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Drawing in the Dandenongs

On Mary Tonkin’s farm at Kalorama

Travelling to unfamiliar places to view art and meet artists is one of the highlights of being a curator, and over the years I have been able to see many parts of regional Australia that would otherwise have remained a mystery to me.

In planning the inaugural Dobell Australian Drawing Biennial exhibition – Drawing out – I travelled to a number of rural locations to speak with their resident artists about art, working the land and their connection to place.

Mary Tonkin’s family has cultivated flowers, rare bulbs and perennials in a secluded pocket of farmland nestled in the Dandenongs, east of Melbourne, since just after the Second World War. Although now living in inner Melbourne with her family, Mary escapes as often as possible back to the farm, where halfway up the hill from the front gate she has built a studio, funded with the proceeds of the Dobell Drawing Prize, which she won in 2002 for her work Rocky outcrop, Werribee Gorge.

In the studio she can paint and draw, store finished works and even stay for a few days (although the bathtub outside the back door did not look at all inviting on the cold day I visited in early spring).

The temperate rainforests of the Dandenongs are remarkable – trees seem to grow for miles into the sky, and the ground cover below is green and lush with carpets of ferns and fallen logs thick on the ground. Standing still, you can hear birdcalls and the sounds of water and wind, with the occasional bark of a dog or distant car. Pockets of land in the hills have been cultivated for over a century; there are established groves of introduced tree species that bring bright contrasting colours and forms with the passing seasons, while homes and farm buildings, private roads and fence lines carve up the hills.

On the day I visited, Mary and I took a walk along an easy trail leading uphill from the main farmhouse. Wide enough for a vehicle, it was deserted and completely private, allowing us to linger for hours without interruption and take it all in.

When she is working Mary hauls her drawing and painting materials deep into the bush, returning to the same spot over months so she can concentrate on her subject in solitude. Her ability to recognise familiar trees and hollows is amazing to me, the natural result of a childhood spent exploring the gullies and undergrowth for hours on end. She soon found the place along the path where we needed to broach the perimeter of trees and venture into the scrub to the spot where she made her extraordinary 14-metre-long charcoal drawing Between two logs, Kalorama. Progress was slow and slightly hazardous, with large fallen logs slippery with rain and mossy growth blocking the way, although the resident leeches were held at bay with the enormous gumboots I was glad to have donned down the hill.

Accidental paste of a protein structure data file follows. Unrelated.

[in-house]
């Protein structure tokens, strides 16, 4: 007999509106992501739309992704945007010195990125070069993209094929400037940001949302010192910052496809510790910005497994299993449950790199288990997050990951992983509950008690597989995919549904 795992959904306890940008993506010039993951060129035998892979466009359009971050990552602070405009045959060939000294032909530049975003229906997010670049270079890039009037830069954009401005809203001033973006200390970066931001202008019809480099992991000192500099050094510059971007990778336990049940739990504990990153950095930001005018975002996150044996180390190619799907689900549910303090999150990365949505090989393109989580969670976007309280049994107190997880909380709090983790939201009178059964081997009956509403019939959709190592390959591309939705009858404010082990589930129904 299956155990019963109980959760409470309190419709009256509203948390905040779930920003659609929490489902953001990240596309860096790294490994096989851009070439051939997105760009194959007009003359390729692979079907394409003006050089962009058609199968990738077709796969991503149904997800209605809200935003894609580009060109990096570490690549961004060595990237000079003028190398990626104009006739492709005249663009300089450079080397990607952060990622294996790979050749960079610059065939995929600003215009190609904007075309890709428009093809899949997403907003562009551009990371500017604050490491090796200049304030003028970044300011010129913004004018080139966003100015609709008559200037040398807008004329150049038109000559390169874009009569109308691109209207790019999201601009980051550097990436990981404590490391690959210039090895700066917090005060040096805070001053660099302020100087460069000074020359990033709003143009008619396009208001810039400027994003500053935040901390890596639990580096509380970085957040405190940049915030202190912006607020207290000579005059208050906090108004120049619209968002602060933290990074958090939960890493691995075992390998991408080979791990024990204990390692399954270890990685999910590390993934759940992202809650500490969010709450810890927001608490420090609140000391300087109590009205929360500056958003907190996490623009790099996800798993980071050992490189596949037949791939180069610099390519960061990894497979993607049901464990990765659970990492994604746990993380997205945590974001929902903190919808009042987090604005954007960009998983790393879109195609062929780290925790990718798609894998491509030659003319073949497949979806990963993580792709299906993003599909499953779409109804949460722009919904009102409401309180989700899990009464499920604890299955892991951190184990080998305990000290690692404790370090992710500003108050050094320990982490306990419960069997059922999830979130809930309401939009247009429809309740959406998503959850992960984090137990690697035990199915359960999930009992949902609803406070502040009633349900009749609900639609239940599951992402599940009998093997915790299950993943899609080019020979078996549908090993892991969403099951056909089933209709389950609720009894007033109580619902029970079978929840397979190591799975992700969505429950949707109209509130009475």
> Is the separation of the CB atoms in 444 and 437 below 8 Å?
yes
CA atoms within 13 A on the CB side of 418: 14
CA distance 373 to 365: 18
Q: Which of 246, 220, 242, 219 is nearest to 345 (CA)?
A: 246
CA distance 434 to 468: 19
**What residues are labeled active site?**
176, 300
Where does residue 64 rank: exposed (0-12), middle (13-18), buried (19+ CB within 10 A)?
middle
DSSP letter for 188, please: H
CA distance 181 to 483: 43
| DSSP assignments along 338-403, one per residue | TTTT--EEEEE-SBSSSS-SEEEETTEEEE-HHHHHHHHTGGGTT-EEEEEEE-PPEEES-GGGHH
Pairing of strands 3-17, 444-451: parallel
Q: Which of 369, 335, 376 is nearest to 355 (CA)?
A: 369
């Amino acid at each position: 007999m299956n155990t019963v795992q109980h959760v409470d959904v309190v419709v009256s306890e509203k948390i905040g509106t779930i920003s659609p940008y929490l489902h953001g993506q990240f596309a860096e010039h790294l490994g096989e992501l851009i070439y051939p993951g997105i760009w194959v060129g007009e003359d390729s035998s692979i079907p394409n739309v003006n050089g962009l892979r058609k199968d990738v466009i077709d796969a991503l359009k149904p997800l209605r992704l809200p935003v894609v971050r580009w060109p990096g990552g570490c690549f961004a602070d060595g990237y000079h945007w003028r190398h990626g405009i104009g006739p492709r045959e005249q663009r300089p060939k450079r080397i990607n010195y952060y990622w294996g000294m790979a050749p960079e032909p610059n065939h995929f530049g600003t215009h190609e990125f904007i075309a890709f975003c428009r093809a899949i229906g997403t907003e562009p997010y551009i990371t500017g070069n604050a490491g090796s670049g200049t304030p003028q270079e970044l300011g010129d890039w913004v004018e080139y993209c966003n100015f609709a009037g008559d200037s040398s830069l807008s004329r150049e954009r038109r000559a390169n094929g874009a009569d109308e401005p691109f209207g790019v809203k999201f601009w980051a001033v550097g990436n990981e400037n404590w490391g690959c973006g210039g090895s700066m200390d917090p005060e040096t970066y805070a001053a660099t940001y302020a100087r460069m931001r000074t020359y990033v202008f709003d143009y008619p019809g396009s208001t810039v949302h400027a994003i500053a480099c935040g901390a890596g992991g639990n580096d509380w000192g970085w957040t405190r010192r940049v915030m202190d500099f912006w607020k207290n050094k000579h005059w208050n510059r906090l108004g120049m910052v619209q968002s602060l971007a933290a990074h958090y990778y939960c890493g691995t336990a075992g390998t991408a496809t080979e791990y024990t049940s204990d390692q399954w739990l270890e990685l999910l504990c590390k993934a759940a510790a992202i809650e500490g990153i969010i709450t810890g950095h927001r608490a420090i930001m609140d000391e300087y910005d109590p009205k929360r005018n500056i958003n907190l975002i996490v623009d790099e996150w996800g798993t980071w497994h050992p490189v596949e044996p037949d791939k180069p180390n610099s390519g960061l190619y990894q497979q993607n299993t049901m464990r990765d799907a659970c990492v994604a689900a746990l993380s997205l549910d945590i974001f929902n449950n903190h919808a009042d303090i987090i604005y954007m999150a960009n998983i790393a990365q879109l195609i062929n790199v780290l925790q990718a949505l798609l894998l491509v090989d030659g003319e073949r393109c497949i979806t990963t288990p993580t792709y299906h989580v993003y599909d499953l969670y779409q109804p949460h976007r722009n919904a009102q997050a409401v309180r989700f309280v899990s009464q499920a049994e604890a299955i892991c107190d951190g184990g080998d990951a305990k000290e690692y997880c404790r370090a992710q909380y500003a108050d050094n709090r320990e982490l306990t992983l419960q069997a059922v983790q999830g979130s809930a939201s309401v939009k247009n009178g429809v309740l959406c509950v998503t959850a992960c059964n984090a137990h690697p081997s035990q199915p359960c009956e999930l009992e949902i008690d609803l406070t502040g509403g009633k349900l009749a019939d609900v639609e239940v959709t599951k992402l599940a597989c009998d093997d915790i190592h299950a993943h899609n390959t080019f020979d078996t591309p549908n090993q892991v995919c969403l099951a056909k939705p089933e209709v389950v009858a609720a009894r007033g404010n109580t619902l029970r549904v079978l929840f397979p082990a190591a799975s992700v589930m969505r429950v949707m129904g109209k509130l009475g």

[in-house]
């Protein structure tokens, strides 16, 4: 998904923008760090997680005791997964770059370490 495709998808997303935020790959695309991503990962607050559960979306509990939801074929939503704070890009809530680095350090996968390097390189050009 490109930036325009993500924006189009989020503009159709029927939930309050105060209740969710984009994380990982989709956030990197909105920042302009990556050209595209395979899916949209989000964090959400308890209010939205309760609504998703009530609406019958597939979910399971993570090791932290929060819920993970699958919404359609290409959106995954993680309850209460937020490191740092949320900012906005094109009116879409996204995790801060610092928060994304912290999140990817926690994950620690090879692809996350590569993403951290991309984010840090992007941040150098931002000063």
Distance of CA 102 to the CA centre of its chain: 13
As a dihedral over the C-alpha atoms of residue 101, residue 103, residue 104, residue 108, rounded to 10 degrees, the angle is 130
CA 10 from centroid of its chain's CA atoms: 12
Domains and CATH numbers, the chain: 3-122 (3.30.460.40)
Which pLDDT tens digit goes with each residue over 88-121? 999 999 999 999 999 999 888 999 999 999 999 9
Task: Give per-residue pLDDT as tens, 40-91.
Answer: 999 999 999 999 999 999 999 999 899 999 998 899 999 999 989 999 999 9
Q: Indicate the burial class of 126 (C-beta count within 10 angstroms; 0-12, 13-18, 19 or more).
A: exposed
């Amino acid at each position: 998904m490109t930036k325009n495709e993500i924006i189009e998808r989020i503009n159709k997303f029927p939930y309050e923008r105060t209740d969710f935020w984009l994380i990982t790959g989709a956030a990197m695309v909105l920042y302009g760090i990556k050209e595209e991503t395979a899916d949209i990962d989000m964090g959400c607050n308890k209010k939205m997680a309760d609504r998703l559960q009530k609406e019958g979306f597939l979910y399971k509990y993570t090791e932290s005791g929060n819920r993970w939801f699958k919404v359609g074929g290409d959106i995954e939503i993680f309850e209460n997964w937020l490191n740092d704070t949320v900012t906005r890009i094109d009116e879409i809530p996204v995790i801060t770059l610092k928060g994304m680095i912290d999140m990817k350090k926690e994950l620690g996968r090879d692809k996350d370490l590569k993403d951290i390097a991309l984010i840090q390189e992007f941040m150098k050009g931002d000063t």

We stopped a short way in, in what seemed a rather unremarkable hollow indistinguishable from the forest around. But here it was – the place where the drawing was born. Mary pointed out a few key features – a forked tree, a dead trunk crashed down onto the ground – and slowly I came to recognise the subject I had seen only in charcoal up to that moment. The experience of being enfolded in the bush made perfect sense of the drawing, which captures its subject from all angles – looking down, up, and all around – while the density of the plant life blocked long perspectives through the trees. Suddenly the charcoal drawing came alive with colour, sound and sensation, and I came to have an even greater respect for the ambition and persistence that went into making it. We emerged a few minutes later to head down the hill to lunch in the studio and the bright clear light of the spring day, my perception completely transformed.

For a slideshow of photos from the visit, click on one of the small images to begin…

	Mary Tonkin, walking up the track towards the rainforest.
  • 	Mary Tonkin, walking up the track towards the rainforest.
  • 	Massive trees reach up into the sky at Kalorama.
  • 	Deep within the bush is a fallen tree that is one of the subjects of Mary’s drawing Between two logs, Kalorama 2013-14.
  • 	Mary placed this ladder on site to enable her to get another viewpoint.
  • 	Mary described her position, when making the drawing, as being within the 'enfold’ of the bush.
  • 	Inside Mary’s studio, with her drawing in progress. The table holds prepatory studies and sketchbooks for the work.
  • 	The work, at 14 metres long, was too big to fit along one wall in Mary’s studio. The rolled up work on the table is a preparatory study for the larger drawing pinned to the wall.
  • 	The view from Mary’s studio.
  • 	All 14 metres of the final work Between two logs, Kalorama 2013-14, installed at Australian Galleries, Sydney.

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November 17 2014, 11am
by Anne Ryan
Curator, Australian prints, drawings and watercolours